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Laura Seitz, Deseret News
Kate Casalino, left, wig and makeup designer, and Verona Green, right, costume director, use Amanda Reiser Meyer, center, wardrobe supervisor, to make a cape for "Romeo and Juliet" in the costume shop of Utah Opera's production studio in Salt Lake City on Friday, Oct. 5, 2018.

SALT LAKE CITY — When she’s at work, Verona Green sits just feet away from a walk-in closet straight out of a dream.

It's got just about everything a person could want or need: vests, tuxedos, military uniforms, ball gowns, kimonos — even a special section called “pleasant peasants.”

Green, the costume director for Utah Opera who has been with the company for more than 30 years, oversees the huge warehouse located near West High School. As she thinks back to the evolution of costumes over the company’s 40-plus years, it’s stunning for her to think of how it all began. In some ways, she finds it laughable.

Laura Seitz, Deseret News
Amanda Reiser Meyer, wardrobe supervisor, pulls out one of Paris' costumes from the racks of "Romeo and Juliet" costumes in Utah Opera's production studio in Salt Lake City on Friday, Oct. 5, 2018. This costume, at least 15 years old, is one of the oldest costumes from the "Romeo and Juliet" opera.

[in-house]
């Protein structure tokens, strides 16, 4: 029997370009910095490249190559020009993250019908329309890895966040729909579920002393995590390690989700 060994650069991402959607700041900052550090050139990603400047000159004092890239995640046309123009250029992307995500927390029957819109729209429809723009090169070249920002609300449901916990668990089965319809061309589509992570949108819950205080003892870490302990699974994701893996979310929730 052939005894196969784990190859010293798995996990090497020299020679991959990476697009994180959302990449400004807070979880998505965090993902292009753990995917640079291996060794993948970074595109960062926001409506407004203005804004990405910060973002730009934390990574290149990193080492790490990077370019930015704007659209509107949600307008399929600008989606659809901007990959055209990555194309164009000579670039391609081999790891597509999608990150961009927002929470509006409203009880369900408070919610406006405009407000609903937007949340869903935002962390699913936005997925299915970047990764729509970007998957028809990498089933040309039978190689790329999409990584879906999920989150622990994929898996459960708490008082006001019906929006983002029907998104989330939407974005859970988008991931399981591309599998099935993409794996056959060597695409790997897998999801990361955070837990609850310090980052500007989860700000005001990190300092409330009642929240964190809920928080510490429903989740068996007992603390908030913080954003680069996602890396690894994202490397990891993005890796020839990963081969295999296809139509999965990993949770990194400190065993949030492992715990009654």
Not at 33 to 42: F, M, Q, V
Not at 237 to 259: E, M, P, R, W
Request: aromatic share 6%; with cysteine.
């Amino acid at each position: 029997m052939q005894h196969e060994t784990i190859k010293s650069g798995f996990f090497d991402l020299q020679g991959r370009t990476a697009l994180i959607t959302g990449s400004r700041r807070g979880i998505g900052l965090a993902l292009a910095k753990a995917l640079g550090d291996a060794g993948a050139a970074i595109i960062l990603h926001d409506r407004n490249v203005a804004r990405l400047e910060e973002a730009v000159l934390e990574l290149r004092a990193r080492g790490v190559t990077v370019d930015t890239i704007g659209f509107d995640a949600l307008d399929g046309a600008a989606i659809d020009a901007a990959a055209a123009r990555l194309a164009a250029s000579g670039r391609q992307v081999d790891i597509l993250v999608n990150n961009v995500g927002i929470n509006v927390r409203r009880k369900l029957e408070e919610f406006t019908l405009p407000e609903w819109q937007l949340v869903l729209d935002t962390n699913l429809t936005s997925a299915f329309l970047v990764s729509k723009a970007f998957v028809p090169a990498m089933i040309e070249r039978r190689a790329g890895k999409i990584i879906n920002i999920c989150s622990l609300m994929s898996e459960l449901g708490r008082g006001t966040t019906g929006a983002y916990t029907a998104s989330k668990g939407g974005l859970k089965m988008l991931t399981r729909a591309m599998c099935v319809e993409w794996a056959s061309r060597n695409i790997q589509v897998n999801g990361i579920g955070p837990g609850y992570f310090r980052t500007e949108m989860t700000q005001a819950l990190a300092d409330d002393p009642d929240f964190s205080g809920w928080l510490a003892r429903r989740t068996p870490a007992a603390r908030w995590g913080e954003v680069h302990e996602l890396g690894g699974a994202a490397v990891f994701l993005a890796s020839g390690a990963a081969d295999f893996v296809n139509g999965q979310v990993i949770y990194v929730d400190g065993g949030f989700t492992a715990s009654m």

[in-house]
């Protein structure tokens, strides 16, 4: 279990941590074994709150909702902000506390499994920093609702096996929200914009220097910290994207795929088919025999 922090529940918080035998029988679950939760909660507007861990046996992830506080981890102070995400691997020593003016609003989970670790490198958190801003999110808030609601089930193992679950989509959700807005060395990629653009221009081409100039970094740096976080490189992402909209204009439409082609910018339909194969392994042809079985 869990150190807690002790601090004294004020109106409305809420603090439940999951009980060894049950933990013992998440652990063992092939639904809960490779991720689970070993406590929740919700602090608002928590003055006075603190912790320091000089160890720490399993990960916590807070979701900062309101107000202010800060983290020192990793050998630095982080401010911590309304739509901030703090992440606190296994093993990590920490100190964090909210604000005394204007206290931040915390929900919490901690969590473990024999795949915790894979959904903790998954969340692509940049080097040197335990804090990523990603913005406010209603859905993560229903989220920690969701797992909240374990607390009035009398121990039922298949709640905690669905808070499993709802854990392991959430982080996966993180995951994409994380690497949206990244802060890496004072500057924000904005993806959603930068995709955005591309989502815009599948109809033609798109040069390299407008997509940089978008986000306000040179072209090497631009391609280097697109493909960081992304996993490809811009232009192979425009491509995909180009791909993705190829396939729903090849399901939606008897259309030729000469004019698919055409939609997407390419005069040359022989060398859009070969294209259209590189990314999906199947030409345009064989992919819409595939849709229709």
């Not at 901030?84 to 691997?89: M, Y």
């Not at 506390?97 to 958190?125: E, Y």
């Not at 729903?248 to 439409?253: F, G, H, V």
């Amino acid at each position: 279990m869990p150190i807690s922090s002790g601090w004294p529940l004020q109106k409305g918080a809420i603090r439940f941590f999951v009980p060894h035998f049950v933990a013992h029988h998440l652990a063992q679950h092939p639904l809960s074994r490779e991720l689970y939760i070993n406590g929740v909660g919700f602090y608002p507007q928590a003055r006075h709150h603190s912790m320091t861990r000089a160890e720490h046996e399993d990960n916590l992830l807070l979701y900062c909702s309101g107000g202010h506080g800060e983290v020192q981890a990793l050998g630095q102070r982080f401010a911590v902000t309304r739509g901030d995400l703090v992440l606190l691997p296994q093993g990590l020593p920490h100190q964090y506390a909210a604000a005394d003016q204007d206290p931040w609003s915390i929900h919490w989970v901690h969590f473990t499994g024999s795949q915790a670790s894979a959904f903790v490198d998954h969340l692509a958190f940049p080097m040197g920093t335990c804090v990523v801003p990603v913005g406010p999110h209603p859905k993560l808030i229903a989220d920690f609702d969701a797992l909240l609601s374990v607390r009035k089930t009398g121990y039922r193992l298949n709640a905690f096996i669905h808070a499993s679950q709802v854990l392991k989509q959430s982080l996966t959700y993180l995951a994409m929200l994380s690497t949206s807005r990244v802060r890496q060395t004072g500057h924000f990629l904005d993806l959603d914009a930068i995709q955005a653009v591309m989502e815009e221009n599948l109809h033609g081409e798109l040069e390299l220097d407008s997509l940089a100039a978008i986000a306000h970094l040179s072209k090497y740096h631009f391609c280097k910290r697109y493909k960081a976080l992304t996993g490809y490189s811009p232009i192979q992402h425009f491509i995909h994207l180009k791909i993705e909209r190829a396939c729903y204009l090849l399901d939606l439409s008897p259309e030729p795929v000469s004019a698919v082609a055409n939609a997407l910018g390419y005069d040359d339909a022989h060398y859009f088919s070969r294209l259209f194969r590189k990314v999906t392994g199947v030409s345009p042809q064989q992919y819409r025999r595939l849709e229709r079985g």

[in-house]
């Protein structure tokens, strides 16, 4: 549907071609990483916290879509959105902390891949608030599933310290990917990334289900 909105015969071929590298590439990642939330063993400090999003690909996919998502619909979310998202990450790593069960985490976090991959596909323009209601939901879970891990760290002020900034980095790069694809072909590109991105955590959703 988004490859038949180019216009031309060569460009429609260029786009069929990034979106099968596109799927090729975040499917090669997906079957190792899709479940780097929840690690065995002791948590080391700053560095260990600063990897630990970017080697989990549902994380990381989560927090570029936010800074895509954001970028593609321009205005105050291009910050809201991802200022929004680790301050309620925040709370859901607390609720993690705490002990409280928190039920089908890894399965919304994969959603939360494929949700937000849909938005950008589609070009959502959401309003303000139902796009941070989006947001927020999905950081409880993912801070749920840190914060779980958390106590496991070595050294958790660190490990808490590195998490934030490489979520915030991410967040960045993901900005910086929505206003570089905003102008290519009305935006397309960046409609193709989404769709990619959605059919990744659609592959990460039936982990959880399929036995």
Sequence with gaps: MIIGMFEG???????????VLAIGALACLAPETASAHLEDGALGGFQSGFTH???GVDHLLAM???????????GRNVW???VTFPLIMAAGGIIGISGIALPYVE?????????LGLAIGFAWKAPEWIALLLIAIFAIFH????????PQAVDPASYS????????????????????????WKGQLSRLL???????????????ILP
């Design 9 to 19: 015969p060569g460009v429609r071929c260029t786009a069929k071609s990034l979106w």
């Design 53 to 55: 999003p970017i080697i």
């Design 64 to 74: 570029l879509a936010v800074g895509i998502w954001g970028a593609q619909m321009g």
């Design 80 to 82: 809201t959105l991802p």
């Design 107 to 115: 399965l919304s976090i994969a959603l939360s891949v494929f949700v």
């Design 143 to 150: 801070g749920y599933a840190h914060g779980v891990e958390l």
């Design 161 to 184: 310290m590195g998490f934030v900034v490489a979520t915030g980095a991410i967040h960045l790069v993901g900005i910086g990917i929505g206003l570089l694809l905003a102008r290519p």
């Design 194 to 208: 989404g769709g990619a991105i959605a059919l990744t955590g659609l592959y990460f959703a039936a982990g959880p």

Initially, Utah Opera housed its costumes in Daynes Music, then located in downtown Salt Lake City, and Green recalls hearing live piano music floating up from the other side of the wall as she sat in a tight space crammed with sewing machines, working intently on costumes. As a pianist, Green welcomed the musical accompaniment. But those grand pianos provided another service to Utah Opera: makeshift wardrobes.

“We used old boxes that (the) pianos came in and put rods in them to hang clothes up,” Green recalled. “It was hilarious.”

Utah Opera purchased its current production facility, including the warehouse, in 1995. A recent visit found Green walking row after row of that impressive costume closet, concluding at a much marked up whiteboard on the far wall. A glance at it shows that Green and her costume team's handiwork doesn't simply collect dust on the racks — it revealed that in September alone, Utah Opera costumes went to both Opera Colorado and to Canada for Vancouver Opera’s production of “The Merry Widow.” The board also shows that early next year, costumes will make the journey to Louisville, Kentucky, for Kentucky Opera’s production of “Rigoletto.”

Renting out costumes is a fluctuating business and the whiteboard doesn’t keep track of it all, but it does illustrate one thing: Utah Opera’s costumes are in high demand.

Laura Seitz, Deseret News